Temporal lobe seizures are characterized by behavioral arrest with loss of awareness (dyscognitive features). Automatisms are common and include oro-alimentary and/or gestural automatisms. Seizures often commence with an aura which can be experiential such as fear or déjà vu. Epigastric and auditory aura also occur. Autonomic features are common including pallor and palpitations. Postictal confusion typically occurs.
Specific features suggest seizure onset in the dominant or non-dominant temporal lobe (see hemispheric lateralization). Ictal speech, spitting, vomiting, drinking, urge to urinate and automatisms with preserved consciousness suggest seizure onset in the non-dominant temporal lobe. Postictal speech disturbance suggests a dominant temporal lobe seizure. Upper limb dystonia is a useful lateralizing feature, lateralizing the seizure to the contralateral hemisphere. Conversely, manual automatisms usually occur on the ipsilateral side.
In infants, temporal seizures may be subtle and manifest with pallor, apnoea and behavioral arrest. There may be earlier and more marked motor manifestations including tonic events and epileptic spasms, which may reflect different patterns of spread in the developing brain.
CAUTION Temporal focal dyscognitive seizures can have similar features to frontal seizures, however dyscognitive seizures of temporal origin tend to have a slower onset and progression, and postictal confusion is more pronounced.
CAUTION Temporal focal dyscognitive seizures need to be distinguished from absence seizures. While both may have automatisms, temporal lobe seizures are typically longer (> 30 seconds), associated with pallor, and followed by postictal confusion.
Seizures that arise in the mesial temporal lobe may be characterized by distinctive auras such as a rising epigastric sensation or abdominal discomfort and experiential features such as déjà vu, jamais vu and fear. Unpleasant olfactory and gustatory auras may also occur. Auras may occur in isolation or may be followed by the onset of behavioral arrest with slowly progressive impairment of awareness and oro-alimentary (chewing, lip-smacking, swallowing, tongue movements) and manual automatisms. Autonomic phenomena (pallor, flushing, tachycardia) are common. Upper limb automatisms may be unilateral and may lateralize the seizure to the ipsilateral hemisphere. Unilateral pupillary dilatation can occur, and can also lateralize the seizure to the ipsilateral hemisphere. Contralateral upper limb dystonia may develop and head and eye version to the contralateral side can occur. Whilst seizures tend to have a longer duration than for lateral temporal lobe seizures, evolution to a bilateral convulsion is uncommon.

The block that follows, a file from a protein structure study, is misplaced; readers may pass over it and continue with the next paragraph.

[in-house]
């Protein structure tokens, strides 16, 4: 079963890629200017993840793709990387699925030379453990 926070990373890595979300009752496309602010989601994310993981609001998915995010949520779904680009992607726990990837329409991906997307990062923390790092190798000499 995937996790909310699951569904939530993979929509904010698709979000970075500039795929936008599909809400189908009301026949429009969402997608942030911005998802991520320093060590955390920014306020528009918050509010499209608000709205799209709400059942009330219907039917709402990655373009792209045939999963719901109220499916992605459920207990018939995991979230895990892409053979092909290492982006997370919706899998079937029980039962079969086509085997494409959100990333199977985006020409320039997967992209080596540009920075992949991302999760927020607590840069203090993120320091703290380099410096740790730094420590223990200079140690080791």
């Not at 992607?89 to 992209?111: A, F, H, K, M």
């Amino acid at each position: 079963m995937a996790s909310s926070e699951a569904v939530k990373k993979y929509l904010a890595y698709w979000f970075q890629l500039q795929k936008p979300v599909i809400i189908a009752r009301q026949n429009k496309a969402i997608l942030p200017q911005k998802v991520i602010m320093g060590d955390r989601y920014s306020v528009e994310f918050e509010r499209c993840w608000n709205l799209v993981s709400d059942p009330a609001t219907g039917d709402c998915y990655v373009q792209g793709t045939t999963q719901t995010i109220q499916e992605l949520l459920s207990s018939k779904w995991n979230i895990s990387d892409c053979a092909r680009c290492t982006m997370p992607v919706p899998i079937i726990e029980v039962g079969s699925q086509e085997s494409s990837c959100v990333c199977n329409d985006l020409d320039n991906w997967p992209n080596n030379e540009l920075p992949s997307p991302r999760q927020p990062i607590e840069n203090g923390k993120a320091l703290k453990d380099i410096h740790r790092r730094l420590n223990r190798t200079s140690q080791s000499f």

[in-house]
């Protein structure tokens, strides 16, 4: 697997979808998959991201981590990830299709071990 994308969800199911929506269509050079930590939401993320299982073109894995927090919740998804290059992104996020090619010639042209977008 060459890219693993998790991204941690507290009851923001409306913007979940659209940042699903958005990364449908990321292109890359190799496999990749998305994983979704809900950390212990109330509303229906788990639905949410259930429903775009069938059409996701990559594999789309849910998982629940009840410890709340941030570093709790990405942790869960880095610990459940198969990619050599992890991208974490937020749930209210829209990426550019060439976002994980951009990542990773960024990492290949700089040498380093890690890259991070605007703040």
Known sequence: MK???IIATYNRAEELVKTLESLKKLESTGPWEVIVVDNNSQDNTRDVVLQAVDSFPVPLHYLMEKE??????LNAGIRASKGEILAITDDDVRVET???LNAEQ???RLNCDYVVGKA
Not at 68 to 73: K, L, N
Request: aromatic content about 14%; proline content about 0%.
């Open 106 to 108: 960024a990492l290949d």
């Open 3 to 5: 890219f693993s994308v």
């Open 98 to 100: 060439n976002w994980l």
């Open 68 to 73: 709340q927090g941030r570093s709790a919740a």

Lateral temporal lobe seizures may have an initial aura with auditory, complex visual, illusionary or vertiginous features. The auditory aura is usually a basic sound such as buzzing or ringing (rather than formed speech). If the aura is heard in only one ear it suggests the seizure is in the contralateral hemisphere. In comparison to mesial temporal lobe seizures, seizures are of shorter duration, and the onset of altered awareness is an earlier feature (the initial aura is not as prolonged). Lateral temporal lobe seizures may spread and motor features such as contralateral upper limb dystonia, facial twitching or grimacing, and head and eye version may occur. Evolution to a bilateral convulsion is more common than in mesial temporal lobe seizures.